Dam Dilemmas: Competing Priorities for Development of the Mekong River
October 14, 2014
| 10:30 AM - 12:00 The Stimson Center, 1111 19th Street, NW, 12th Floor, Washington DC, 20036
The determination of Laos to go ahead with the construction of two mainstream dams on the Mekong River despite the strong objections of Vietnam and Cambodia is testing the strength and effectiveness of the Mekong River Commission (MRC), established to coordinate the environmentally sustainable and equitable development of the Lower Mekong. To address these urgent issues, the Stimson Center worked with a local partner to convene more than three dozen internationally respected scientists, development experts, civil society advocates, and current as well as former officials in Chiang Rai, Thailand, to discuss finding solutions to competing and mutually exclusive uses of one of Asia's most important water resources. This event discussed the findings of that conference and serve as the official launch for Letters from the Mekong, a new series of issues briefs focused on the critical energy-water-food-livelihood nexus in the Mekong Basin.
WHAT: Discussion of the competing national priorities in the Lower Mekong River basin. The launch of the new issue brief Letters from the Mekong: Obstacles to Equitable Hydropower Development Planning in the Lower Mekong Basin.
Dr. Richard Cronin, Director of Stimson's Southeast Asia Program, will analyze the competing national priorities that pose obstacles to cooperative development of the Mekong River basin. Dr. Cronin works on transboundary and nontraditional security issues in Southeast Asia and the South China Sea from a political economy perspective. Cronin joined Stimson in 2005 after a long career with the Congressional Research Service.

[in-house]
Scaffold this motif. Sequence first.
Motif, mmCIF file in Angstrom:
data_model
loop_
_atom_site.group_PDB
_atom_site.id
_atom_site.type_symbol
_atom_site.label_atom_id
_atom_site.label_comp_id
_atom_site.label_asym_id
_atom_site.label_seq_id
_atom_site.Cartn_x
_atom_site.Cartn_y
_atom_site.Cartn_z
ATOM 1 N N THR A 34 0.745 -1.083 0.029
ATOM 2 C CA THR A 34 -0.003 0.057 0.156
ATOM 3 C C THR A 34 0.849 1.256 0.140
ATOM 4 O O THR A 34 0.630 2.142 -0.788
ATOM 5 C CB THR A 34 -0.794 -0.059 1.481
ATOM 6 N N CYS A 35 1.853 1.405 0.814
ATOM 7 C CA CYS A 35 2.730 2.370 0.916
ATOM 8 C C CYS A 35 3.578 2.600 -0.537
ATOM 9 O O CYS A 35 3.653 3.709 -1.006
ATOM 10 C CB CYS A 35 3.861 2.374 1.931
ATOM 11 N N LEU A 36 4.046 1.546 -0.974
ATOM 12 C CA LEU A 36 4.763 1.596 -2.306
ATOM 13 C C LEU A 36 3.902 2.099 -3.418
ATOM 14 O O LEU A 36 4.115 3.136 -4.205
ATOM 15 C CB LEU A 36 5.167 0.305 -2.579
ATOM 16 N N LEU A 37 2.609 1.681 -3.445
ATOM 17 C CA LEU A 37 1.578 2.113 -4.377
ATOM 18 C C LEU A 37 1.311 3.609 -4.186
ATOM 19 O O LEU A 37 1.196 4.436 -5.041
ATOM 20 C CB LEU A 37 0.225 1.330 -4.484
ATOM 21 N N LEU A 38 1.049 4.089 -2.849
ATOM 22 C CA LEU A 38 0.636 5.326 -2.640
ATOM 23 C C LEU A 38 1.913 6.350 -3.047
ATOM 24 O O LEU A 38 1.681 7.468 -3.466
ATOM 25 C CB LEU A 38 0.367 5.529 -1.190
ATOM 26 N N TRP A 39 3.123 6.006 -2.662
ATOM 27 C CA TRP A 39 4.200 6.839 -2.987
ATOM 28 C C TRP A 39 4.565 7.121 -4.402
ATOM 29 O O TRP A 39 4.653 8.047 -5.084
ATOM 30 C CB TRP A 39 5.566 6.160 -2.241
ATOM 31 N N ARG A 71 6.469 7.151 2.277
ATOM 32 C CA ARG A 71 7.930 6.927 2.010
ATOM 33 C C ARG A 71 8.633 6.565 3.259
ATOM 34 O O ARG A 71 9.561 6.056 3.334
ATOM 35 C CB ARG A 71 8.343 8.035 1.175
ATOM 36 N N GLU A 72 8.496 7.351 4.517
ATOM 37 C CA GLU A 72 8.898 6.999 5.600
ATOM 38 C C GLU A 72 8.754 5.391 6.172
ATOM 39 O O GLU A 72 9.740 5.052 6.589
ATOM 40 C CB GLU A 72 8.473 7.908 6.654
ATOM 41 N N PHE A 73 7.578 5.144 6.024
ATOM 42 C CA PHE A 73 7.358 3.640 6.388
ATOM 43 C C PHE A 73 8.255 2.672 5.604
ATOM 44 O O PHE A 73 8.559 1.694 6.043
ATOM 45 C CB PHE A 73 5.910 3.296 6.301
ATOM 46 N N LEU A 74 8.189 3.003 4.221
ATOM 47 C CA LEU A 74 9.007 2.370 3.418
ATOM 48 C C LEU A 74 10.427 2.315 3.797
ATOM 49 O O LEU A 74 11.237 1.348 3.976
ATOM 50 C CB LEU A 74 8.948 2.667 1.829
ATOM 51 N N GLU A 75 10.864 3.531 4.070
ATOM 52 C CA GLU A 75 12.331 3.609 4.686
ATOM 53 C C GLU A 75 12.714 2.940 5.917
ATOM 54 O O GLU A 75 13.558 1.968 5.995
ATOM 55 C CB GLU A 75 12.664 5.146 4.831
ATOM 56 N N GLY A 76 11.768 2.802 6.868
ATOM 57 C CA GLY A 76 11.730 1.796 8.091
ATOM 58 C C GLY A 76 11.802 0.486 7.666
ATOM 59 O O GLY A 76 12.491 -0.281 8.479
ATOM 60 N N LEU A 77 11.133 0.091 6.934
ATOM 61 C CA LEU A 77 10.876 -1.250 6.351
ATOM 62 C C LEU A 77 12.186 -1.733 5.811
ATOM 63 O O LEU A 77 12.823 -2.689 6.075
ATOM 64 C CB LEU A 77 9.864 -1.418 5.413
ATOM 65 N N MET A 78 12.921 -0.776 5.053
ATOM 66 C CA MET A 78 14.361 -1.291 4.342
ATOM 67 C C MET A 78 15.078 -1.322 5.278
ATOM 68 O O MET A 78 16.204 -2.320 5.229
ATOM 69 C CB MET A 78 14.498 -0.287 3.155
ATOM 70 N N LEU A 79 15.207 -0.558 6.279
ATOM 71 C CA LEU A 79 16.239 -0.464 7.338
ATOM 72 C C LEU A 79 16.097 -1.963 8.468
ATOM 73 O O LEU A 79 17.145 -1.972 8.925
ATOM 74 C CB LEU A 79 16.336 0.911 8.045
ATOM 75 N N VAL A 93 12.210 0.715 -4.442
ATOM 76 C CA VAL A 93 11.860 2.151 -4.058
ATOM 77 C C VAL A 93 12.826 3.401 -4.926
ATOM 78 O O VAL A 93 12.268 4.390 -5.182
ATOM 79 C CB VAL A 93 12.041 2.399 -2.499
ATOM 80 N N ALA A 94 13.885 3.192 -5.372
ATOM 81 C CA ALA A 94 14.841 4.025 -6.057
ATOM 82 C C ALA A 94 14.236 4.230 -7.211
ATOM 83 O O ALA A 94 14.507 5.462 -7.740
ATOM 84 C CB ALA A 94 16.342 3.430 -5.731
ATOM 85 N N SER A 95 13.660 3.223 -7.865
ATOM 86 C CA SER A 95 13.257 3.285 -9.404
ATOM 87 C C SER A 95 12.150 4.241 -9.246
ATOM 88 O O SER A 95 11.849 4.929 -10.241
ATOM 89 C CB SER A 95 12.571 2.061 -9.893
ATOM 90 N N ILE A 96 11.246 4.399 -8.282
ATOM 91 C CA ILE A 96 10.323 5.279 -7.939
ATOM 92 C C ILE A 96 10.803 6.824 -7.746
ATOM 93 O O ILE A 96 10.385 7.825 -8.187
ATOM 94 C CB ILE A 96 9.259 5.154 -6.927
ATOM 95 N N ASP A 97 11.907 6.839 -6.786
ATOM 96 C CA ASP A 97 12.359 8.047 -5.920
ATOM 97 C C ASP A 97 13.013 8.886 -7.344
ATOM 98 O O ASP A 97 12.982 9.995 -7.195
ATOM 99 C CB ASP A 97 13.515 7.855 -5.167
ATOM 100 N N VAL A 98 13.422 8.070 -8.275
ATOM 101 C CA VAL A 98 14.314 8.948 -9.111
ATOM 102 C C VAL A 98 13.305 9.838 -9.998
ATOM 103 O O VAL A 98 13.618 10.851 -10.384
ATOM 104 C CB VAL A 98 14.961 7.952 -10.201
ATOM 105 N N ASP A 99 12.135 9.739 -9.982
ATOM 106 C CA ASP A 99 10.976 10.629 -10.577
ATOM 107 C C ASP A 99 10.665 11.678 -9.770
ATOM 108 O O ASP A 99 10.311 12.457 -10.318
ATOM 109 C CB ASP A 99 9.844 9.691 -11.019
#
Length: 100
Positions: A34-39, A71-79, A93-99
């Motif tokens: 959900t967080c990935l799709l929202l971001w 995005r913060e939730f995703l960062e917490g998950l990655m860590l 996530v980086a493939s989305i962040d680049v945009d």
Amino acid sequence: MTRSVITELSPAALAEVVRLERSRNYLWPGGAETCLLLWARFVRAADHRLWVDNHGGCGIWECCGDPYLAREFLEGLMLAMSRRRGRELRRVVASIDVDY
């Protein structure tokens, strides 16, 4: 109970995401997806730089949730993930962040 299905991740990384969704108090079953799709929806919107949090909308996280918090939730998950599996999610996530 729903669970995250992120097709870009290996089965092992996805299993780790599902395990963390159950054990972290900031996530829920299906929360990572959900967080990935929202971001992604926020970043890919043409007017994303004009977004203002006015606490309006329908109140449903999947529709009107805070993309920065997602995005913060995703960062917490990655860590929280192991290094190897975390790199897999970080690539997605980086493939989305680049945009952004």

Courtney Weatherby, Research Associate of Stimson’s Southeast Asia Program, will discuss the recent legal cases that impact regional development and workshop takeaway points on the urgent need for national environmental and social impact laws and regulations as a base point for agreement on a “Mekong Standard” for cumulative transboundary impact assessments. Ms. Weatherby’s research focuses on hydropower development, environment, and energy in Southeast Asia, with particular focus on China’s involvement in regional affairs.
Dr. Yongmin Bian, Visiting Researcher at Georgetown University Law Center, will present on China’s environmental laws and enforcement issues as well as their status in regard to the involvement of Chinese companies in Lower Mekong dam projects. Dr. Bian is visiting from China’s University of International Business and Economics. She has worked on public international law, international environmental law, international trade law, and food safety laws. Her current research focuses on methods for holding overseas investors accountable for environmental damage.
View video from this event below or here.